It will cost any new owner of the Washington Diplomats $500,000 to keep Johan Cruyff's contract from reverting back to the Cosmos on Dec. 1, according to sources in the current Washington organization.
Cruyff initially signed a North American Soccer League contract with the Cosmos two years ago. Those rights were sold to the Los Angeles Aztecs in May 1979 with payment deferred. That debt was passed on to the Diplomats, along with Cruyff, last February.
Since Madison Square Garden Corp. has decided to give up on the team, it will not make the payment due the Cosmos Nov. 30. If new owners for the team can be found between now and Nov. 23, the last day that MSG could fold the franchise, they will have to decide within seven days whether they want to retain their rights to Cruyff.
Last season it cost the Garden about $1.2 million to have Cruyff in a Diplomat uniform. About half covered the purchase price from Los Angeles; the rest covered salary. Totaling the payment owed the Cosmos and whatever salary would be negotiated with Cruyff, the cost would be about the same next season.
Diplomat President Steve Danzansky, who is trying to put together a group to buy the team before MSG folds it, said yesterday a decision to keep Cruyff probably would be the first thing any new owners would have to discuss.
"It would all depend on the group and just how much money was available," Danzansky said. "There are some who think it a necessity for Johan to remain, others in this town who don't think he's worth the price tag. I think if it could be worked out I would like to see him return."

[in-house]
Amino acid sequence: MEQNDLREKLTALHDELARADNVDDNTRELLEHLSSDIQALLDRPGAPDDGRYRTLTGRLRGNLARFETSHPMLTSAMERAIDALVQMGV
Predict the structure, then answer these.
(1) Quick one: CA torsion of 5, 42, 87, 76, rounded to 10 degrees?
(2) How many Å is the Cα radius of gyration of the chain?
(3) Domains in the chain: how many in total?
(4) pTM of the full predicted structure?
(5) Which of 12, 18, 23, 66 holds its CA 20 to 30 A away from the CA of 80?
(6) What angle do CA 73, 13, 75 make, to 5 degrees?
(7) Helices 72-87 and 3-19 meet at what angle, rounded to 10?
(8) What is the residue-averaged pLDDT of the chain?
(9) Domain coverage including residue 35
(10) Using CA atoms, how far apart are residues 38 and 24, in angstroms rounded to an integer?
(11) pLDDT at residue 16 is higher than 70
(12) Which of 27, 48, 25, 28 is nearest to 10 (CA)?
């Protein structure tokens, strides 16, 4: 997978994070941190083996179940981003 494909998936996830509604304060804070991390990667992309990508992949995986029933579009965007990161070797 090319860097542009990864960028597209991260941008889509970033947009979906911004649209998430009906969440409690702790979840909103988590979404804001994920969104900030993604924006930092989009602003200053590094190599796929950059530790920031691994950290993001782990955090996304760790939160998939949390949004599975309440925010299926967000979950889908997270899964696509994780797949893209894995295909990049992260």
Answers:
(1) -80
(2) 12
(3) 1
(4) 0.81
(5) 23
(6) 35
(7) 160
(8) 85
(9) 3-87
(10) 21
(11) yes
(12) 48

Right now, though, Danzansky is more concerned about saving the franchise. "Time is so short it's difficult," he said. "When San Juan Racing decided to sell out two years ago I knew about it in July and had more time to find a buyer. Now though, we're scrambling."
Madison Square Garden posted a bond to operate the team 1981 on Oct. 24. It has 30 days from that date to "voluntarily terminate," by turning its certificate of ownership to NASL Commissioner Phil Woosnam. Because of that deadline, a buyer must be found by Nov. 23. MSG Chairman Sonny Werblin had made it clear he will fold the team if a buyer cannot be found.
Woosnam has been trying to help Danzansky by talking to prospective investors about the league. The situation should be clearer this weekend when owners meet in Chicago to discuss a number of matters, including what Woosnam now has labeled "the Washington situation."
Danzansky, who has first refusal rights on any sale, said he would willingly step aside if he cannot put together a group and another potential buyer came along who would keep the team in Washington.
"I've nursed this baby six years," he said. "All I want now is someone who will raise it right. If it's someone else, that's fine, as long as they make a real commitment to the team and the city."